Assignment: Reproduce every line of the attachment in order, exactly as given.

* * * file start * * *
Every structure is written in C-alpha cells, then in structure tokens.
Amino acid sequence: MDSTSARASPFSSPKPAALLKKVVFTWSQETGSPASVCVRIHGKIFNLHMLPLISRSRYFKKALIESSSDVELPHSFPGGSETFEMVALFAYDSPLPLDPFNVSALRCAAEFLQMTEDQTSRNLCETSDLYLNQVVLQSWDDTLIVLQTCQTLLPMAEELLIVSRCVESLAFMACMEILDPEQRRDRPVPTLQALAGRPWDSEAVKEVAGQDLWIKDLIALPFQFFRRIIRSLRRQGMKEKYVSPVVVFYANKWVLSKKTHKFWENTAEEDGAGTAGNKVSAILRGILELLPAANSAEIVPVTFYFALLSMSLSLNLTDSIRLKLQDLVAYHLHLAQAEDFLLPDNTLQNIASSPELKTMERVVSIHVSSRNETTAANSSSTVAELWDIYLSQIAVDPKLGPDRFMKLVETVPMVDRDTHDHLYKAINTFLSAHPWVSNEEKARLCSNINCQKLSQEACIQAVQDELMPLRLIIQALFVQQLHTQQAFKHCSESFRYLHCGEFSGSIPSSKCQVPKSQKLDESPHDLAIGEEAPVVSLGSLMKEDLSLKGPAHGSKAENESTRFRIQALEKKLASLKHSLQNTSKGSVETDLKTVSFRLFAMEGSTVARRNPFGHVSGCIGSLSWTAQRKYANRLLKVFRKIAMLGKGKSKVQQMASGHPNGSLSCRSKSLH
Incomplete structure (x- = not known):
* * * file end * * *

Every structure is written in C-alpha cells, then in structure tokens.
Amino acid sequence: MDSTSARASPFSSPKPAALLKKVVFTWSQETGSPASVCVRIHGKIFNLHMLPLISRSRYFKKALIESSSDVELPHSFPGGSETFEMVALFAYDSPLPLDPFNVSALRCAAEFLQMTEDQTSRNLCETSDLYLNQVVLQSWDDTLIVLQTCQTLLPMAEELLIVSRCVESLAFMACMEILDPEQRRDRPVPTLQALAGRPWDSEAVKEVAGQDLWIKDLIALPFQFFRRIIRSLRRQGMKEKYVSPVVVFYANKWVLSKKTHKFWENTAEEDGAGTAGNKVSAILRGILELLPAANSAEIVPVTFYFALLSMSLSLNLTDSIRLKLQDLVAYHLHLAQAEDFLLPDNTLQNIASSPELKTMERVVSIHVSSRNETTAANSSSTVAELWDIYLSQIAVDPKLGPDRFMKLVETVPMVDRDTHDHLYKAINTFLSAHPWVSNEEKARLCSNINCQKLSQEACIQAVQDELMPLRLIIQALFVQQLHTQQAFKHCSESFRYLHCGEFSGSIPSSKCQVPKSQKLDESPHDLAIGEEAPVVSLGSLMKEDLSLKGPAHGSKAENESTRFRIQALEKKLASLKHSLQNTSKGSVETDLKTVSFRLFAMEGSTVARRNPFGHVSGCIGSLSWTAQRKYANRLLKVFRKIAMLGKGKSKVQQMASGHPNGSLSCRSKSLH
Incomplete structure (x- = not known):